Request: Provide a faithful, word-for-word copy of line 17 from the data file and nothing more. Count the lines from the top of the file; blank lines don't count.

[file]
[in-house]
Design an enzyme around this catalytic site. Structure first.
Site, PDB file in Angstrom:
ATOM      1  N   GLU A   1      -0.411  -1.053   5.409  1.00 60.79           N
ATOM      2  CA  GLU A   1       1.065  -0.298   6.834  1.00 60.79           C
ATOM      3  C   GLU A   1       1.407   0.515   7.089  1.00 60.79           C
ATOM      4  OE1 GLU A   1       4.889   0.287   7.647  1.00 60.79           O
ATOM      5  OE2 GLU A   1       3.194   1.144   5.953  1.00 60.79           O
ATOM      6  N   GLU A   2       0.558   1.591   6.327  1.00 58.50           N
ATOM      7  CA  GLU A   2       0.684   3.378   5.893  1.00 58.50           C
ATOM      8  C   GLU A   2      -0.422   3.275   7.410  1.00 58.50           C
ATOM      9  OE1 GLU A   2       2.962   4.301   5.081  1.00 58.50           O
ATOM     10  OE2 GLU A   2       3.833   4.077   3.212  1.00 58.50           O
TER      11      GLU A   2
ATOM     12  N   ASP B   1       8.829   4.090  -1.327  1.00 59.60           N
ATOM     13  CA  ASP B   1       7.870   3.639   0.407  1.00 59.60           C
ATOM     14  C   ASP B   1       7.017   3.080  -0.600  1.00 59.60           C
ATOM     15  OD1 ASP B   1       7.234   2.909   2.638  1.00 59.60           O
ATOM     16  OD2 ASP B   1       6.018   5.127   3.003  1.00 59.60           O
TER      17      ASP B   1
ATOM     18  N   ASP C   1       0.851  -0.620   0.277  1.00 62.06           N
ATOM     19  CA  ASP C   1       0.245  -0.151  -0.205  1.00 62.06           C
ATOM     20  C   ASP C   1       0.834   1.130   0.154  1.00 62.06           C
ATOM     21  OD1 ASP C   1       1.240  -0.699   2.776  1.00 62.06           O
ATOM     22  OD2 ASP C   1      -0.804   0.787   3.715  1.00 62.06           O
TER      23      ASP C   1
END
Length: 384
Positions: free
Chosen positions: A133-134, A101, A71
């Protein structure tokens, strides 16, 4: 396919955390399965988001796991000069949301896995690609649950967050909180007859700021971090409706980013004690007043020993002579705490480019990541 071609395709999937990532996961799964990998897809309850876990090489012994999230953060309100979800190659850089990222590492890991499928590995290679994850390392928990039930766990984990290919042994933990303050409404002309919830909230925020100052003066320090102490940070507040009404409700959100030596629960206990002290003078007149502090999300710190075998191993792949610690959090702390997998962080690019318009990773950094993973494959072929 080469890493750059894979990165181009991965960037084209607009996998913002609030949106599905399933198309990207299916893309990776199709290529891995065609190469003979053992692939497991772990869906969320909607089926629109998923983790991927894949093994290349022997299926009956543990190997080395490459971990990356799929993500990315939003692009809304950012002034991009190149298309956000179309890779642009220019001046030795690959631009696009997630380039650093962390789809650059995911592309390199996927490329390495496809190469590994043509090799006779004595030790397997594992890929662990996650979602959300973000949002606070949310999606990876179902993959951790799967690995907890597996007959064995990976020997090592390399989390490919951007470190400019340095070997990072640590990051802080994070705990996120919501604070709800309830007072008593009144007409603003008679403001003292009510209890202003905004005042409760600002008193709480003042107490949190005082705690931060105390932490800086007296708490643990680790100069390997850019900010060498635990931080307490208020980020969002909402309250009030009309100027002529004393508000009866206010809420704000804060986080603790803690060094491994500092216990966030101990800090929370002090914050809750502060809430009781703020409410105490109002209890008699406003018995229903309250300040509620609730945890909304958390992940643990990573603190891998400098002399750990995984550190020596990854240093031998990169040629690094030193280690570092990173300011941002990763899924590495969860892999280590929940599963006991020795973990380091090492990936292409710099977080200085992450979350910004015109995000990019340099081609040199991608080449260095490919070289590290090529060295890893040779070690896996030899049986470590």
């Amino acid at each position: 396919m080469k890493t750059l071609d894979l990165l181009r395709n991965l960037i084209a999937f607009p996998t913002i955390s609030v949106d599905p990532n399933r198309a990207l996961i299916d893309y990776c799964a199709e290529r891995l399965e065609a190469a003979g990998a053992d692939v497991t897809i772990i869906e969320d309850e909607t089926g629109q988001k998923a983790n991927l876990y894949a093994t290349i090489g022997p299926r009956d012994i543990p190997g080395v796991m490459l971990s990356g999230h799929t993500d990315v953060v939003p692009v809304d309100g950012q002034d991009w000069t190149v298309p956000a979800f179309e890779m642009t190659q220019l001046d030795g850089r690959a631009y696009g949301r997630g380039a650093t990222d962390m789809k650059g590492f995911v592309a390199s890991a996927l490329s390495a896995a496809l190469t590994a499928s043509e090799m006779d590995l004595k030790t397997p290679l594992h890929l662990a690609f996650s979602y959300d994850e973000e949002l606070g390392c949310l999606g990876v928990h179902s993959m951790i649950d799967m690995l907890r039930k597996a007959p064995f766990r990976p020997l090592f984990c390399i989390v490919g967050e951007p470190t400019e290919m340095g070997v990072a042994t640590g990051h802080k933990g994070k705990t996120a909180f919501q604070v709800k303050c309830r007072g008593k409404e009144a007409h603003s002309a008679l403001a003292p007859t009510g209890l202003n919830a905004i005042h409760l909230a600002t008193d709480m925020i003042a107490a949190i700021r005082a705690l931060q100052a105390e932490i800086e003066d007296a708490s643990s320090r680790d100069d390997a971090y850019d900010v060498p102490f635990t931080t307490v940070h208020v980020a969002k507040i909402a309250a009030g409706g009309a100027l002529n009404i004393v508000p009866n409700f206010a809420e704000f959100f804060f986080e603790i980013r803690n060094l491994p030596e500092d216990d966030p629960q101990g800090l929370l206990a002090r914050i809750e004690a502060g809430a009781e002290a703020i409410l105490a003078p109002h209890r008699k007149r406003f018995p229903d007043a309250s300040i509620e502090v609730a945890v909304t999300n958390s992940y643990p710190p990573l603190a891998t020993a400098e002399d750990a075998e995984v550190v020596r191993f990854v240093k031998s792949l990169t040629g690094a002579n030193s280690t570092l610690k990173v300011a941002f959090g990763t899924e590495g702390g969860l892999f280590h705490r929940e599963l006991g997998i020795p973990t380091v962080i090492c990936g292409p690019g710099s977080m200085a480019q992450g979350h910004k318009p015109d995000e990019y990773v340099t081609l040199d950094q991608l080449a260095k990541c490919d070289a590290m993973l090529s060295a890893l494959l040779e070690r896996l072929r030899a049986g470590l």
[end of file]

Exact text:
ATOM     14  C   ASP B   1       7.017   3.080  -0.600  1.00 59.60           C